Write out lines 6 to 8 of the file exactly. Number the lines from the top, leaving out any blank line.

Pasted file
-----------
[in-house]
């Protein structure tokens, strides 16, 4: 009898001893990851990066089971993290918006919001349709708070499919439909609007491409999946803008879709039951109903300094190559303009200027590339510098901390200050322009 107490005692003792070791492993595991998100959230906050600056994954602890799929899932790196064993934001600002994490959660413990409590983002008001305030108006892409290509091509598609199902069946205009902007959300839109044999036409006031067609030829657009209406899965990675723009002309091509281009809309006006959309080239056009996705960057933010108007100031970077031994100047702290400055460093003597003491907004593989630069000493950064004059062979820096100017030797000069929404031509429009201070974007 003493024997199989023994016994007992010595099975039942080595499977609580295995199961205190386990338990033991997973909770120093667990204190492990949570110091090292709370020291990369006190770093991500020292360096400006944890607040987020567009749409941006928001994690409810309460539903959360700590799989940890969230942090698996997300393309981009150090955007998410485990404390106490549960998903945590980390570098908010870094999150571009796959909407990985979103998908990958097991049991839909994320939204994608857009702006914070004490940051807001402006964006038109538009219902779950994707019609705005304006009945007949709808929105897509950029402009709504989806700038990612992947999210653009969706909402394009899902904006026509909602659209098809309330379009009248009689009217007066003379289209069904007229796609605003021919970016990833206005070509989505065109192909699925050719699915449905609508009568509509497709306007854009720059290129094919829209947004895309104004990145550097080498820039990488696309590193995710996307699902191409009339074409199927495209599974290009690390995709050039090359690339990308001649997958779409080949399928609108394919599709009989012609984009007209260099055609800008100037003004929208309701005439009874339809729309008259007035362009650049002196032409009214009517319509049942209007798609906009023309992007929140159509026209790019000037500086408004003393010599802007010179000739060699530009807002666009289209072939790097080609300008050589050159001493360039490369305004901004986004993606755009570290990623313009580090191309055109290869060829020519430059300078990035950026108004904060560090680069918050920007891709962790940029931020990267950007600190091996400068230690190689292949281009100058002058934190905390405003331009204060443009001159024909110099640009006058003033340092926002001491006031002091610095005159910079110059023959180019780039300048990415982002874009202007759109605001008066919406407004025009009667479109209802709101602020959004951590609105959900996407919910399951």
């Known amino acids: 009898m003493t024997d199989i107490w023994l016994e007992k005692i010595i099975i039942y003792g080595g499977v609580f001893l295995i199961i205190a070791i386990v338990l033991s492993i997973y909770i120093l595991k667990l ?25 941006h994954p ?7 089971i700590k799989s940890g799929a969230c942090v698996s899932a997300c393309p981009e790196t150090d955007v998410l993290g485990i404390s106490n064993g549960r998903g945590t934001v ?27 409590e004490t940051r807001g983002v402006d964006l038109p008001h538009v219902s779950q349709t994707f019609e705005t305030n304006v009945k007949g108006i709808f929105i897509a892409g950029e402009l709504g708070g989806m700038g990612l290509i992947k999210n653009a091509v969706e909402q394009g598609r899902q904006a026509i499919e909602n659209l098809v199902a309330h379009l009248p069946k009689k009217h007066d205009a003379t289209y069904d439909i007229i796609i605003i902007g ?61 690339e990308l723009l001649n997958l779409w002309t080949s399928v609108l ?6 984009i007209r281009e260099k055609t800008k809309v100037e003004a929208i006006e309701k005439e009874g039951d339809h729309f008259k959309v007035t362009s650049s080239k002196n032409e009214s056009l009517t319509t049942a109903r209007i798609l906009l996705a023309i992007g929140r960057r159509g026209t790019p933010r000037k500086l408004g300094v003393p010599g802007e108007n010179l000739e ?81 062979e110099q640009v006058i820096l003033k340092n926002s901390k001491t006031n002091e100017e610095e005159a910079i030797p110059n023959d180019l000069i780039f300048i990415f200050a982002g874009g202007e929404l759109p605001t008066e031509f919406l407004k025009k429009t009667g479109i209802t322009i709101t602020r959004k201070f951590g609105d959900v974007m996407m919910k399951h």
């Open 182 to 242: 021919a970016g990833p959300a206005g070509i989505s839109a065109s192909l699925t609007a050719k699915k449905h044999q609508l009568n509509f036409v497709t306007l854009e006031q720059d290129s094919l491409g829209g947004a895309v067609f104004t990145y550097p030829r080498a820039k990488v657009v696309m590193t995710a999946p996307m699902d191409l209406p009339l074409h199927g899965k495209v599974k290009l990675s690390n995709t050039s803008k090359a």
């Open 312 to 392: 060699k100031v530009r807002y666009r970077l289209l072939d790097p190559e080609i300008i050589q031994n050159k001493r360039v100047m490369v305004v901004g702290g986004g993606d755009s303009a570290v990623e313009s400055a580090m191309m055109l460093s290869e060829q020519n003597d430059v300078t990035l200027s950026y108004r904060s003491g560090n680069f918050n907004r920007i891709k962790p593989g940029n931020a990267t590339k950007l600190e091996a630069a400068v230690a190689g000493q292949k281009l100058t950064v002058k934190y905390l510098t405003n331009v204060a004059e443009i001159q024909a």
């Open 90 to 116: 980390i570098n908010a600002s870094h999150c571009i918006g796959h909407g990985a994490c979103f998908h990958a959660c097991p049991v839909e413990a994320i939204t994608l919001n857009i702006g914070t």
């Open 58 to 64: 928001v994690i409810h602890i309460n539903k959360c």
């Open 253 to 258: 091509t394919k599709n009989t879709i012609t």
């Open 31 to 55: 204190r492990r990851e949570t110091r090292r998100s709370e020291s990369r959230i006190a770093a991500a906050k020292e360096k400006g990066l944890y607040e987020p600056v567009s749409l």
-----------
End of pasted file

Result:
């Open 90 to 116: 980390i570098n908010a600002s870094h999150c571009i918006g796959h909407g990985a994490c979103f998908h990958a959660c097991p049991v839909e413990a994320i939204t994608l919001n857009i702006g914070t």
């Open 58 to 64: 928001v994690i409810h602890i309460n539903k959360c």
């Open 253 to 258: 091509t394919k599709n009989t879709i012609t």